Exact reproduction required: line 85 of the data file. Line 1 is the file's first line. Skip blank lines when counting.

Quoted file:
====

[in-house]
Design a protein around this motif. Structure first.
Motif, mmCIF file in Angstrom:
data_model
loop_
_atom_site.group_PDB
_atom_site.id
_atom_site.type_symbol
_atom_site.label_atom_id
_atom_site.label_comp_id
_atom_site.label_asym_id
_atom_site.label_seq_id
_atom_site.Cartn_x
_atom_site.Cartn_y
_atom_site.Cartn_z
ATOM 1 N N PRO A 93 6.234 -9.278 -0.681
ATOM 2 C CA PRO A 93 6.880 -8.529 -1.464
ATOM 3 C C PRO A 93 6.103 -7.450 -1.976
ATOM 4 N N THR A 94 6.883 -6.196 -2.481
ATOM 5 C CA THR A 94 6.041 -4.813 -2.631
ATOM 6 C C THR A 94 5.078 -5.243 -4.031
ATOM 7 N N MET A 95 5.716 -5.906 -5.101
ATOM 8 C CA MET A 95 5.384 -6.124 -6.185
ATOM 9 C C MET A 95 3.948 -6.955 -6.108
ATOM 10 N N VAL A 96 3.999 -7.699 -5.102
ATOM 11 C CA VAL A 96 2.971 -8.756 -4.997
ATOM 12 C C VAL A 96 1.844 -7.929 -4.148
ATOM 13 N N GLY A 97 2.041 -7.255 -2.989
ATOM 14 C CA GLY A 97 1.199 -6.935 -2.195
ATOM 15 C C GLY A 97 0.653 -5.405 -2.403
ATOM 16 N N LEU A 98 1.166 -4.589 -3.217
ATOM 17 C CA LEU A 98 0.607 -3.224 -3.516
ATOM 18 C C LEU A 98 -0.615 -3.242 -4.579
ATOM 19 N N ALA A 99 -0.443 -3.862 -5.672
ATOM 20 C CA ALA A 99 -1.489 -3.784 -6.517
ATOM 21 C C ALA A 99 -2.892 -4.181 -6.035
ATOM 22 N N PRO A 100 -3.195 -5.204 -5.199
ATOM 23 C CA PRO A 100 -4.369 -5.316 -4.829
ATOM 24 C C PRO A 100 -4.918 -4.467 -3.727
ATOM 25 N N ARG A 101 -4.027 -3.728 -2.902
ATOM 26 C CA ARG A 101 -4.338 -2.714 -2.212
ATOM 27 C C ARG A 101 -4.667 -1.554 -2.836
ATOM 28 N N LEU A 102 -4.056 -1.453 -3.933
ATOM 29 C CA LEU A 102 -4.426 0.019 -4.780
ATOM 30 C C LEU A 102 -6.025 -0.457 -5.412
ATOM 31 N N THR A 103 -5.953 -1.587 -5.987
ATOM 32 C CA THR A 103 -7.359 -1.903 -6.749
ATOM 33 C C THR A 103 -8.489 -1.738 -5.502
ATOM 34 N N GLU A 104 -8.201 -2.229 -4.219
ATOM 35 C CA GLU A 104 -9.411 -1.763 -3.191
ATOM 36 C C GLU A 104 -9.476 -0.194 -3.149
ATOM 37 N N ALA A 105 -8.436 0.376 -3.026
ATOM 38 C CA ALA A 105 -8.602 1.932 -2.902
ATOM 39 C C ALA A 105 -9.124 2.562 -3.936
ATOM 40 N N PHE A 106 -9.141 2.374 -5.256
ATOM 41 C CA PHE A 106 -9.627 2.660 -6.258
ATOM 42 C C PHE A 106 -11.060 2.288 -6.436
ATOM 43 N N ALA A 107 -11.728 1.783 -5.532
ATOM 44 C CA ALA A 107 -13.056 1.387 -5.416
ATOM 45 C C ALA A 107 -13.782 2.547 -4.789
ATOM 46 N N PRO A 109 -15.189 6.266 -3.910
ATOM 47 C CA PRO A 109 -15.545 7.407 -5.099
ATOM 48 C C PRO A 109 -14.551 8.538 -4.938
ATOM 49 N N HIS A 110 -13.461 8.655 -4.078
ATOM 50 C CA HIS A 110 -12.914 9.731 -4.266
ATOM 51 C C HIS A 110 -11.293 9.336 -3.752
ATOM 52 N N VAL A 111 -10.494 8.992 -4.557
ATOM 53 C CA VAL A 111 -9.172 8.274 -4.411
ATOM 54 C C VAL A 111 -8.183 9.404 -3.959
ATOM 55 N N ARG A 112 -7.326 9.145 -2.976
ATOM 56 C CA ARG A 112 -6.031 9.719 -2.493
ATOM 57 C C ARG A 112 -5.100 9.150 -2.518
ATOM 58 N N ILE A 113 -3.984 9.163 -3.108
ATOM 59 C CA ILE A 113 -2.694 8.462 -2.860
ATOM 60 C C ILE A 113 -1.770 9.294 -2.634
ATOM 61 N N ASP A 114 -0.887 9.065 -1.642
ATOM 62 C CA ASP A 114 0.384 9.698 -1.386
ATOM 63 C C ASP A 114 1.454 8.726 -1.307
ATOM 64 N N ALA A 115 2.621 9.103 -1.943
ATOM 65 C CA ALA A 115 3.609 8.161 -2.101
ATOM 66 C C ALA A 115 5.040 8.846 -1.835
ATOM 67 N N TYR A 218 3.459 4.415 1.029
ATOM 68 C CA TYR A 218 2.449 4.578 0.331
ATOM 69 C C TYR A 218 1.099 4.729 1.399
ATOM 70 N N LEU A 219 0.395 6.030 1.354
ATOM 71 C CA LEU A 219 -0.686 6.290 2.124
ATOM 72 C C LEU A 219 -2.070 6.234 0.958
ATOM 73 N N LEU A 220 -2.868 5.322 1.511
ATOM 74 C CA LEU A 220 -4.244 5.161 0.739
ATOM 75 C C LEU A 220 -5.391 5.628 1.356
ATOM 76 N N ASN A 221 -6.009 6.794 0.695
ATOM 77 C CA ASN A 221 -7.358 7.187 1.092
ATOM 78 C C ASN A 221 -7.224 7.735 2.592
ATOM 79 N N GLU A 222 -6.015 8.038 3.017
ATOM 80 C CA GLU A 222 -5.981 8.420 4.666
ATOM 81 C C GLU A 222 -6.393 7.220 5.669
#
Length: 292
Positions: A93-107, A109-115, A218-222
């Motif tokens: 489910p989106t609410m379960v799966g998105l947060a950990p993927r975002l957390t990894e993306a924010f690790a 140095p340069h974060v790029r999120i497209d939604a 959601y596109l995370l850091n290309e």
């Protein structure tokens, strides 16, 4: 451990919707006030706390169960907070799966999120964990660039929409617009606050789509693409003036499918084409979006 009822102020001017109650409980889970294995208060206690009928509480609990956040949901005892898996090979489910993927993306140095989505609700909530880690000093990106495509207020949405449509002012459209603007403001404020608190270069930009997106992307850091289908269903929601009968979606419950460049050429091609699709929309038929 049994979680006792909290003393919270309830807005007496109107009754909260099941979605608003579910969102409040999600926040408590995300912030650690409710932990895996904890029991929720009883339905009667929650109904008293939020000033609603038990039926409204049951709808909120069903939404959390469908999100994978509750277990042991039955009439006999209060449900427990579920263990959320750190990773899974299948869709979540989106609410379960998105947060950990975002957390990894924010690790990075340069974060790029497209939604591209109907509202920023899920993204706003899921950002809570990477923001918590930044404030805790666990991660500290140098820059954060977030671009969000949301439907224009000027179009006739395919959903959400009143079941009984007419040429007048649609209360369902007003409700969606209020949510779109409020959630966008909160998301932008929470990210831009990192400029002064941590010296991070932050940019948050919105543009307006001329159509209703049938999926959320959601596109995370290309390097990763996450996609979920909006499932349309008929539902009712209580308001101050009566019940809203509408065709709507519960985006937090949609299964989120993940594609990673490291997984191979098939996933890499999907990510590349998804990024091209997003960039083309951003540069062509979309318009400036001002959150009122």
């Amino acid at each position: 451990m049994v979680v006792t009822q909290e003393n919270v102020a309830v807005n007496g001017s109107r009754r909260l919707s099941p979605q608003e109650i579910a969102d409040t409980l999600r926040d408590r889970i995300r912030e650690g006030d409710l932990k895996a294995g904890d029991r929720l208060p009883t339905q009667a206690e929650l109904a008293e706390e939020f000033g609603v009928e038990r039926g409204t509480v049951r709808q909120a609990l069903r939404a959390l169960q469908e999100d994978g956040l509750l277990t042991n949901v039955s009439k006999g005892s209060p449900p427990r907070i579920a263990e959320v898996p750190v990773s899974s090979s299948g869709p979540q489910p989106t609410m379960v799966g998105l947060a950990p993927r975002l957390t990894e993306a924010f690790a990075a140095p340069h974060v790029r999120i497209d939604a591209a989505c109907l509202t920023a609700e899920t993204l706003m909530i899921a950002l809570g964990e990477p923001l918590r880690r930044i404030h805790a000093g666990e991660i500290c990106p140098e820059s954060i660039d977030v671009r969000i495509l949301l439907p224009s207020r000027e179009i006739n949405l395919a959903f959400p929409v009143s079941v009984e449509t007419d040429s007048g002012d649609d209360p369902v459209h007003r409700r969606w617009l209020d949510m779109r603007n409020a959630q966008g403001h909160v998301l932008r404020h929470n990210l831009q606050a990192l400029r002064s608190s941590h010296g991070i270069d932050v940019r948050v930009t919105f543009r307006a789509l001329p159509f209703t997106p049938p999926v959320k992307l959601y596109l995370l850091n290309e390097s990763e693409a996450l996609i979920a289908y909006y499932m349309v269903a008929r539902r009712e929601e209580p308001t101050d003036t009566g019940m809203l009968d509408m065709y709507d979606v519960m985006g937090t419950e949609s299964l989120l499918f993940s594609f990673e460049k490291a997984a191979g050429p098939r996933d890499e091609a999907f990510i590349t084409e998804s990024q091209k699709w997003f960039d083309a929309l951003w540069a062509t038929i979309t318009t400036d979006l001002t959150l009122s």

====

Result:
ATOM 70 N N LEU A 219 0.395 6.030 1.354